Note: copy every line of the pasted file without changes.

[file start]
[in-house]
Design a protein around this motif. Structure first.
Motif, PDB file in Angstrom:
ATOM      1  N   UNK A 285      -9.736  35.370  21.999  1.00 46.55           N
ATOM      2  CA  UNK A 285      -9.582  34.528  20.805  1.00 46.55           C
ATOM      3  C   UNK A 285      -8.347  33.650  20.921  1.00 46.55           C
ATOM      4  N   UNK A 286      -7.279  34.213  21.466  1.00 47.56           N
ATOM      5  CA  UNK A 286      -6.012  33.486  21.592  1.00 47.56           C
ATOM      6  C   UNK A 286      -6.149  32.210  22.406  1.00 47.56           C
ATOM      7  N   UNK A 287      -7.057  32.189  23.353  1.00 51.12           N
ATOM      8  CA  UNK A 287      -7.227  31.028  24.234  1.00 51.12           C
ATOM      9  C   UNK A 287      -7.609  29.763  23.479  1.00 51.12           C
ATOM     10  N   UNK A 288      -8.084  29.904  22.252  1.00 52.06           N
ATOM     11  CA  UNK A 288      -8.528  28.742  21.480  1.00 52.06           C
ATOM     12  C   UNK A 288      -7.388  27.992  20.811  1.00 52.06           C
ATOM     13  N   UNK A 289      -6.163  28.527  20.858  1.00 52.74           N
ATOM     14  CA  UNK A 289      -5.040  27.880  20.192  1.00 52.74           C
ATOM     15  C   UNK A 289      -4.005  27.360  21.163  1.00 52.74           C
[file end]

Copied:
[in-house]
Design a protein around this motif. Structure first.
Motif, PDB file in Angstrom:
ATOM      1  N   UNK A 285      -9.736  35.370  21.999  1.00 46.55           N
ATOM      2  CA  UNK A 285      -9.582  34.528  20.805  1.00 46.55           C
ATOM      3  C   UNK A 285      -8.347  33.650  20.921  1.00 46.55           C
ATOM      4  N   UNK A 286      -7.279  34.213  21.466  1.00 47.56           N
ATOM      5  CA  UNK A 286      -6.012  33.486  21.592  1.00 47.56           C
ATOM      6  C   UNK A 286      -6.149  32.210  22.406  1.00 47.56           C
ATOM      7  N   UNK A 287      -7.057  32.189  23.353  1.00 51.12           N
ATOM      8  CA  UNK A 287      -7.227  31.028  24.234  1.00 51.12           C
ATOM      9  C   UNK A 287      -7.609  29.763  23.479  1.00 51.12           C
ATOM     10  N   UNK A 288      -8.084  29.904  22.252  1.00 52.06           N
ATOM     11  CA  UNK A 288      -8.528  28.742  21.480  1.00 52.06           C
ATOM     12  C   UNK A 288      -7.388  27.992  20.811  1.00 52.06           C
ATOM     13  N   UNK A 289      -6.163  28.527  20.858  1.00 52.74           N
ATOM     14  CA  UNK A 289      -5.040  27.880  20.192  1.00 52.74           C
ATOM     15  C   UNK A 289      -4.005  27.360  21.163  1.00 52.74           C